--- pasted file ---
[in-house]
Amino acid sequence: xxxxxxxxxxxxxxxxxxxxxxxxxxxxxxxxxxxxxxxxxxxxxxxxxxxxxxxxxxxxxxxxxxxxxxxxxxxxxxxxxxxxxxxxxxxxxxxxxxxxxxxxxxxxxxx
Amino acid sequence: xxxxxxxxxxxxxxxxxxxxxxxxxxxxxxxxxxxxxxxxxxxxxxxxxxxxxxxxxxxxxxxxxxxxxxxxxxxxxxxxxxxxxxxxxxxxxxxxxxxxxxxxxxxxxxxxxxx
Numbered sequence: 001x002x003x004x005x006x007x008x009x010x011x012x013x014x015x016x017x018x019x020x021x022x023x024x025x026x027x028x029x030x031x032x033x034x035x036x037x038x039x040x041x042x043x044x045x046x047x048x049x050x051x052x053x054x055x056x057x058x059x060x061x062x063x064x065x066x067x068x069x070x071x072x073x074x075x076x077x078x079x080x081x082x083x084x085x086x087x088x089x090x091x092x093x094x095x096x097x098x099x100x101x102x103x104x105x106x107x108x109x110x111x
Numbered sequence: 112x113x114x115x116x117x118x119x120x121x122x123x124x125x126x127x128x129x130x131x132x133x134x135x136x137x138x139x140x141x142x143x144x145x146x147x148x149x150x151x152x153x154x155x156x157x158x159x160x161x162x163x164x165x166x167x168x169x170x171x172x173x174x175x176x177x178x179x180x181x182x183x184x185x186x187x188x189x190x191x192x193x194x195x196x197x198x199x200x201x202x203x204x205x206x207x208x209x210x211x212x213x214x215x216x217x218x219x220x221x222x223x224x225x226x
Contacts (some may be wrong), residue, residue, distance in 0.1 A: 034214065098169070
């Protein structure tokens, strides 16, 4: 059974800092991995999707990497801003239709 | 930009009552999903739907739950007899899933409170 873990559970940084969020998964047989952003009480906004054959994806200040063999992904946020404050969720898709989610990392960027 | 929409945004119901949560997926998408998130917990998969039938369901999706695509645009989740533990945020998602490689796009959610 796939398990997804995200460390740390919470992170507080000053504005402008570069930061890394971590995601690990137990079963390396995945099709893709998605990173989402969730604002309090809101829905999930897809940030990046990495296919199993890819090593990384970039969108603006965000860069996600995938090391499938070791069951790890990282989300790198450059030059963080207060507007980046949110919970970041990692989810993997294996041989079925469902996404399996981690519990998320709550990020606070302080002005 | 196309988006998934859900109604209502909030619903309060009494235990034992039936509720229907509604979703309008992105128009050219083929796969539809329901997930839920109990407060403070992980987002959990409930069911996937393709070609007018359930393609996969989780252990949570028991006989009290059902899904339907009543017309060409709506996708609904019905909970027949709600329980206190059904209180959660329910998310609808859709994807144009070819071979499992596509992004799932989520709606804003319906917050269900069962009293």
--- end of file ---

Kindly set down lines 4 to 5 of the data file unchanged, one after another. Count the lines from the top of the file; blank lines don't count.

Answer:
Numbered sequence: 001x002x003x004x005x006x007x008x009x010x011x012x013x014x015x016x017x018x019x020x021x022x023x024x025x026x027x028x029x030x031x032x033x034x035x036x037x038x039x040x041x042x043x044x045x046x047x048x049x050x051x052x053x054x055x056x057x058x059x060x061x062x063x064x065x066x067x068x069x070x071x072x073x074x075x076x077x078x079x080x081x082x083x084x085x086x087x088x089x090x091x092x093x094x095x096x097x098x099x100x101x102x103x104x105x106x107x108x109x110x111x
Numbered sequence: 112x113x114x115x116x117x118x119x120x121x122x123x124x125x126x127x128x129x130x131x132x133x134x135x136x137x138x139x140x141x142x143x144x145x146x147x148x149x150x151x152x153x154x155x156x157x158x159x160x161x162x163x164x165x166x167x168x169x170x171x172x173x174x175x176x177x178x179x180x181x182x183x184x185x186x187x188x189x190x191x192x193x194x195x196x197x198x199x200x201x202x203x204x205x206x207x208x209x210x211x212x213x214x215x216x217x218x219x220x221x222x223x224x225x226x